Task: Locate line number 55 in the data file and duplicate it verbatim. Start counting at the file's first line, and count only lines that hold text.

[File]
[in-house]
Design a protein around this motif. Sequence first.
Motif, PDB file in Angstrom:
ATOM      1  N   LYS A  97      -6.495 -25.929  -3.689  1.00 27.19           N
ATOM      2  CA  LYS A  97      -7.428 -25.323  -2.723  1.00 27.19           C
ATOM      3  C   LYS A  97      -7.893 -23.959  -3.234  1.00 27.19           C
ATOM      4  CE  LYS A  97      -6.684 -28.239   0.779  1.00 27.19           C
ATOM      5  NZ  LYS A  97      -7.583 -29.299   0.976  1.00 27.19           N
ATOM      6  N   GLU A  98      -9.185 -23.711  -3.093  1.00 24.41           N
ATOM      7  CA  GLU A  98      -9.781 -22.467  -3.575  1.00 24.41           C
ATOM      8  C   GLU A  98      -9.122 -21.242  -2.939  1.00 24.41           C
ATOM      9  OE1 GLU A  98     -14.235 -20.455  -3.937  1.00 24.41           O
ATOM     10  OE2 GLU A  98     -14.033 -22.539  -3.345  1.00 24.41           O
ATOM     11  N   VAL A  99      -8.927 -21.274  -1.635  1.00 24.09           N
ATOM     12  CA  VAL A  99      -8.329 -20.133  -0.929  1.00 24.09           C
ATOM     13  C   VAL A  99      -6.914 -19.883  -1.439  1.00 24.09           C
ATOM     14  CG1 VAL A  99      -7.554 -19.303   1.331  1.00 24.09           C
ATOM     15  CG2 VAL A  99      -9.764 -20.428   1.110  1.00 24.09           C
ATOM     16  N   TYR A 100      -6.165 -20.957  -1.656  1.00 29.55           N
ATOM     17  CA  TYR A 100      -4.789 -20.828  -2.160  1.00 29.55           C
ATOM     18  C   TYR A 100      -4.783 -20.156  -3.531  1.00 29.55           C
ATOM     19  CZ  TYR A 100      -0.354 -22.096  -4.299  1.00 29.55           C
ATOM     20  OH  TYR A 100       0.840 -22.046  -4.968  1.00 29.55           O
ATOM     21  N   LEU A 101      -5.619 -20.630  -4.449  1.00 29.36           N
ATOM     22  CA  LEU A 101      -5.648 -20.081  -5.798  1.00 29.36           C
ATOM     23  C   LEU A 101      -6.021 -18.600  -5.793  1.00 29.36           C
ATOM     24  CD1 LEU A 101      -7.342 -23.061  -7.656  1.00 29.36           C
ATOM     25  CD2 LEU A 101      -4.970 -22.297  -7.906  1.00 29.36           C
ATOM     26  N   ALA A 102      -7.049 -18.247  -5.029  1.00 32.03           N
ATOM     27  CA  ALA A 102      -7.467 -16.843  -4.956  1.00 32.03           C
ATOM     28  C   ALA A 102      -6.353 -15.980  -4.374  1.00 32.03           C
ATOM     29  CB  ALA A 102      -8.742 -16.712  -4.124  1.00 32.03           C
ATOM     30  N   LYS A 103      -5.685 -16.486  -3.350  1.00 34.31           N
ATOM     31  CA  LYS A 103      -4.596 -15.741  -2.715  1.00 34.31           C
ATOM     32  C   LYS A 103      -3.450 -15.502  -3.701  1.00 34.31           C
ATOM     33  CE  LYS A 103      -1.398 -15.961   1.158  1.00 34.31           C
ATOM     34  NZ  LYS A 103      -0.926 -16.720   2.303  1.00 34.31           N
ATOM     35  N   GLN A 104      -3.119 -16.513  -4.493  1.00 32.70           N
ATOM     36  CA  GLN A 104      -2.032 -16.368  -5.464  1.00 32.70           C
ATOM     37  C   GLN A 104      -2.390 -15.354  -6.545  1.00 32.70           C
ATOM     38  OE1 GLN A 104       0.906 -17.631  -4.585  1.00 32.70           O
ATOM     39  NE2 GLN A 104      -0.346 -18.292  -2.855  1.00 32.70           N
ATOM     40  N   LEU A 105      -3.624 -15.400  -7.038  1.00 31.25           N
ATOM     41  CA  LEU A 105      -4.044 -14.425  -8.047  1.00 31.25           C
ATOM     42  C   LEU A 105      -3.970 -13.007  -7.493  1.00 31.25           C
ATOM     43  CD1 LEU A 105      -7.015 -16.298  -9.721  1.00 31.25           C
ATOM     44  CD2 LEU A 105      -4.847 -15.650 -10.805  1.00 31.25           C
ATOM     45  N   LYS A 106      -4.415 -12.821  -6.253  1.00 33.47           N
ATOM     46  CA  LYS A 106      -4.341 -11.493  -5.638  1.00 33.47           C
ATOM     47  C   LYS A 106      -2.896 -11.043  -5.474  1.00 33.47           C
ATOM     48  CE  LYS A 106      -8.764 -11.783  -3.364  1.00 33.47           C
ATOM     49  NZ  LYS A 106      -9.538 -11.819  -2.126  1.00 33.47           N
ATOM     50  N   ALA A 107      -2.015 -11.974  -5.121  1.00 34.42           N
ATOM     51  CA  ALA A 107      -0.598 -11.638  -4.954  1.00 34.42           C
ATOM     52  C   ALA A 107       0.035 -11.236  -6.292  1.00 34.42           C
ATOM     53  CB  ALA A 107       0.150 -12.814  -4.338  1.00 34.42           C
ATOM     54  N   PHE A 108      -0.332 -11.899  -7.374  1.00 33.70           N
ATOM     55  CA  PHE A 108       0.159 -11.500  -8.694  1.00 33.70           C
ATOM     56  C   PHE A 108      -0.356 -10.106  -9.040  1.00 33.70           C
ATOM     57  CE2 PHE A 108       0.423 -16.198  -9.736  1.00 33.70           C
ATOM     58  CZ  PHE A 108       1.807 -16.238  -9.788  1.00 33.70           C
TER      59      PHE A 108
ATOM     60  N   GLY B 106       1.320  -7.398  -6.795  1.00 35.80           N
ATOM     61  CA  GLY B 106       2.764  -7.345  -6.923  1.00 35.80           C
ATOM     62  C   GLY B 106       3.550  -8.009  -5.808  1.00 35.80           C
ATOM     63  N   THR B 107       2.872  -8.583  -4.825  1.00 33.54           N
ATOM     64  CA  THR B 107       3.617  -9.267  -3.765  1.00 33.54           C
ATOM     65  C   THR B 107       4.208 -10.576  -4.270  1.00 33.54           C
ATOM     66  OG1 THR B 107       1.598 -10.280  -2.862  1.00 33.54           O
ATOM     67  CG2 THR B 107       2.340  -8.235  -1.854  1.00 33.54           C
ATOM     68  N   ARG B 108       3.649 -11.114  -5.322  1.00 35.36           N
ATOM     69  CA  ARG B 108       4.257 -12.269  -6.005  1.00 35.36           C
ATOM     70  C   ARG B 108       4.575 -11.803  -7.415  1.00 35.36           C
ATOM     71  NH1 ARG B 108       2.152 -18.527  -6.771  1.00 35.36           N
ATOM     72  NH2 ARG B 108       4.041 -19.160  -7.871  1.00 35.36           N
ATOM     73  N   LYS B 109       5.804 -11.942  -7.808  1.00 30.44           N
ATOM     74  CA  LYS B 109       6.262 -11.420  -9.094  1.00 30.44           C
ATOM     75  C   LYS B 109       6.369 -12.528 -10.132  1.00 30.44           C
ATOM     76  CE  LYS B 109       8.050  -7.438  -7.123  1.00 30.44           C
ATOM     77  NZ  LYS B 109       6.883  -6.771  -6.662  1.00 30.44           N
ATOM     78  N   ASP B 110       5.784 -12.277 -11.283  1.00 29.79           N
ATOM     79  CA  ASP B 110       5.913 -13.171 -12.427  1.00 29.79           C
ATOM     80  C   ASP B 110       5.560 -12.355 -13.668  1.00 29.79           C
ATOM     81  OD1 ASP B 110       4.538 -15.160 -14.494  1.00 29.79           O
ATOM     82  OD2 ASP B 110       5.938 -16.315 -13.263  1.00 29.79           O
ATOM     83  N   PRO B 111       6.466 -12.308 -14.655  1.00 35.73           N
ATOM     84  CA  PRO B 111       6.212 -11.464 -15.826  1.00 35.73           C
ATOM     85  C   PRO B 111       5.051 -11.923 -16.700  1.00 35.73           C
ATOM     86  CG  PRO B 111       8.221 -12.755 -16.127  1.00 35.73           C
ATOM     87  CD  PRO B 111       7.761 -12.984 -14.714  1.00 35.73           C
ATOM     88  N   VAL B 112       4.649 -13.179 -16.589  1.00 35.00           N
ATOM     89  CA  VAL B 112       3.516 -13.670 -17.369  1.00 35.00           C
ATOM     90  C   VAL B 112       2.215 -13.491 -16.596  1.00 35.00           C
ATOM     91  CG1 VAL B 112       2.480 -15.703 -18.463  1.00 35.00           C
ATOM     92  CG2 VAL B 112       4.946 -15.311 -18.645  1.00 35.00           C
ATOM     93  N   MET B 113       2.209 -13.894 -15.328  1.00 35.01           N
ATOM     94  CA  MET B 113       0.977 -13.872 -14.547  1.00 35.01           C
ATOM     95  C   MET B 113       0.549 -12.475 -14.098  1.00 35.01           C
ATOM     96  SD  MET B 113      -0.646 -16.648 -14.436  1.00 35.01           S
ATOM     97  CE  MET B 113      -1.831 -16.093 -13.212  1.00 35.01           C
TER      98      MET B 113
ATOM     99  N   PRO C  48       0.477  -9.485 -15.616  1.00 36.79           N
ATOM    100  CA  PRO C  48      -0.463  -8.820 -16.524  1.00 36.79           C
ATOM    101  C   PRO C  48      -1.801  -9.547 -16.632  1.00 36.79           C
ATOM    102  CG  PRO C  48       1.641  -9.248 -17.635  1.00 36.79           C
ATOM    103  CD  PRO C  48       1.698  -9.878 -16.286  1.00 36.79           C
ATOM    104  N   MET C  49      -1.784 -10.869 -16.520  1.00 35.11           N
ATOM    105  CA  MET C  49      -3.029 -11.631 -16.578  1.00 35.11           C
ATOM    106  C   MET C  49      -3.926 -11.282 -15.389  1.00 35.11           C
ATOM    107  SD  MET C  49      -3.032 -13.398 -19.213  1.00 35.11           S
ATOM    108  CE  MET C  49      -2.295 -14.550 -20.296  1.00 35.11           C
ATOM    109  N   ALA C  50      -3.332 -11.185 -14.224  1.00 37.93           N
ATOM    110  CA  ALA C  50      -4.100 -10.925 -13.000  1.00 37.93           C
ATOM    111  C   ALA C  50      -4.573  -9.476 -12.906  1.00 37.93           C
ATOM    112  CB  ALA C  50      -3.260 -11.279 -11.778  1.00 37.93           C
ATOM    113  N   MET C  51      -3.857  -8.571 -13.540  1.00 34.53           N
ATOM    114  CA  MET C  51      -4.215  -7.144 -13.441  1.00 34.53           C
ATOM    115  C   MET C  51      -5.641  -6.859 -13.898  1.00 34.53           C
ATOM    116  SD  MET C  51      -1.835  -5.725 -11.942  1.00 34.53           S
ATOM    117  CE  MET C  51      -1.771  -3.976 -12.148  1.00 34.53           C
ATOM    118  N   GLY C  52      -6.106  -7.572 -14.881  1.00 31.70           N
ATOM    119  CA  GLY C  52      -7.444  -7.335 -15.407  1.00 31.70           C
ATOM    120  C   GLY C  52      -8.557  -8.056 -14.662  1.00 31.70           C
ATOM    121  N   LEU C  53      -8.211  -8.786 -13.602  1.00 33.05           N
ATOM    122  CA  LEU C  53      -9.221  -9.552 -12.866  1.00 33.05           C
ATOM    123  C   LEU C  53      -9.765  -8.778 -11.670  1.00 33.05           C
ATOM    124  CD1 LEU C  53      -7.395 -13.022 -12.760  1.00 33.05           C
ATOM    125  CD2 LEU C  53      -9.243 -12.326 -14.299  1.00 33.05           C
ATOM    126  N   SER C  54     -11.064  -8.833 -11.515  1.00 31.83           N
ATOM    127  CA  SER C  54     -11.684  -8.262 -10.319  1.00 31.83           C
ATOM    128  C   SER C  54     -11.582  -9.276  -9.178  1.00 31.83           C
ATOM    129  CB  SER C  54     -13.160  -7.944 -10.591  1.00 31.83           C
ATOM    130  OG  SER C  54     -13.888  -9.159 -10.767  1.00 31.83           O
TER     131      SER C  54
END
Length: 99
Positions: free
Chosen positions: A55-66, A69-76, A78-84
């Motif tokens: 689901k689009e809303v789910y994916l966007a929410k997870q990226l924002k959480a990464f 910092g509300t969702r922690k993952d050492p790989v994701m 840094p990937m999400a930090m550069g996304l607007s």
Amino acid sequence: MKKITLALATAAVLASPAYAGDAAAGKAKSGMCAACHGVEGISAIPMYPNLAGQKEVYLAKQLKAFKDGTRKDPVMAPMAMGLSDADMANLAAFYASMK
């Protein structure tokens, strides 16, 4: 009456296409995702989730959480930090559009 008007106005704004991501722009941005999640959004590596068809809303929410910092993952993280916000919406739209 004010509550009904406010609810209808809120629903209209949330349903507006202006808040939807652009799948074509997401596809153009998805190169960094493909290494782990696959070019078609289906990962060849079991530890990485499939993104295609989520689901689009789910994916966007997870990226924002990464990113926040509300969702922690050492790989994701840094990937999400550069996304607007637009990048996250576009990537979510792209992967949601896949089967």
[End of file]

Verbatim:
ATOM     52  C   ALA A 107       0.035 -11.236  -6.292  1.00 34.42           C